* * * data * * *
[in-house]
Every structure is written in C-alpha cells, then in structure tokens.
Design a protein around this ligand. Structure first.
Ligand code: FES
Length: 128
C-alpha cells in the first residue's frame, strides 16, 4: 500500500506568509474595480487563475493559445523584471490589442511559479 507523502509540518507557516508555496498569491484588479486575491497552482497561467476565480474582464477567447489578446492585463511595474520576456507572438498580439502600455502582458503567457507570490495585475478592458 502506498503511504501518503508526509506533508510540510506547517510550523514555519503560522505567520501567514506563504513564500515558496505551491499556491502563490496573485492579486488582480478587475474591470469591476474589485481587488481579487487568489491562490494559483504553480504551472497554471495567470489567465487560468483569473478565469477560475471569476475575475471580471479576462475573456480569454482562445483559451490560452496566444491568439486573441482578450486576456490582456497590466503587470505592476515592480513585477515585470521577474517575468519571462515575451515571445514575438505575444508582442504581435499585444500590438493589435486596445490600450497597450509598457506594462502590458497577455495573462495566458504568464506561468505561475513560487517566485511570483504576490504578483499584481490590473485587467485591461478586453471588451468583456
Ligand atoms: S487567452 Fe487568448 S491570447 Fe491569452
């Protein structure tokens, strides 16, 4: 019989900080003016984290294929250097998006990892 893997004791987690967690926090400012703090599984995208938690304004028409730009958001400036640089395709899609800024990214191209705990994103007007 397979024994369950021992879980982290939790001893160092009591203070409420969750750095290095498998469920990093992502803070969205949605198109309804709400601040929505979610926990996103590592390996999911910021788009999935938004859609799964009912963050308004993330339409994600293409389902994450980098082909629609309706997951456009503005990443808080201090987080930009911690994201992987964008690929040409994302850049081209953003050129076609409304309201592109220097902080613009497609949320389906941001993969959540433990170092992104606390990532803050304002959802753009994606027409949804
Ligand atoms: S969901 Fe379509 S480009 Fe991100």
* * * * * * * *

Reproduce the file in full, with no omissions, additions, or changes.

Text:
[in-house]
Every structure is written in C-alpha cells, then in structure tokens.
Design a protein around this ligand. Structure first.
Ligand code: FES
Length: 128
C-alpha cells in the first residue's frame, strides 16, 4: 500500500506568509474595480487563475493559445523584471490589442511559479 507523502509540518507557516508555496498569491484588479486575491497552482497561467476565480474582464477567447489578446492585463511595474520576456507572438498580439502600455502582458503567457507570490495585475478592458 502506498503511504501518503508526509506533508510540510506547517510550523514555519503560522505567520501567514506563504513564500515558496505551491499556491502563490496573485492579486488582480478587475474591470469591476474589485481587488481579487487568489491562490494559483504553480504551472497554471495567470489567465487560468483569473478565469477560475471569476475575475471580471479576462475573456480569454482562445483559451490560452496566444491568439486573441482578450486576456490582456497590466503587470505592476515592480513585477515585470521577474517575468519571462515575451515571445514575438505575444508582442504581435499585444500590438493589435486596445490600450497597450509598457506594462502590458497577455495573462495566458504568464506561468505561475513560487517566485511570483504576490504578483499584481490590473485587467485591461478586453471588451468583456
Ligand atoms: S487567452 Fe487568448 S491570447 Fe491569452
């Protein structure tokens, strides 16, 4: 019989900080003016984290294929250097998006990892 893997004791987690967690926090400012703090599984995208938690304004028409730009958001400036640089395709899609800024990214191209705990994103007007 397979024994369950021992879980982290939790001893160092009591203070409420969750750095290095498998469920990093992502803070969205949605198109309804709400601040929505979610926990996103590592390996999911910021788009999935938004859609799964009912963050308004993330339409994600293409389902994450980098082909629609309706997951456009503005990443808080201090987080930009911690994201992987964008690929040409994302850049081209953003050129076609409304309201592109220097902080613009497609949320389906941001993969959540433990170092992104606390990532803050304002959802753009994606027409949804
Ligand atoms: S969901 Fe379509 S480009 Fe991100």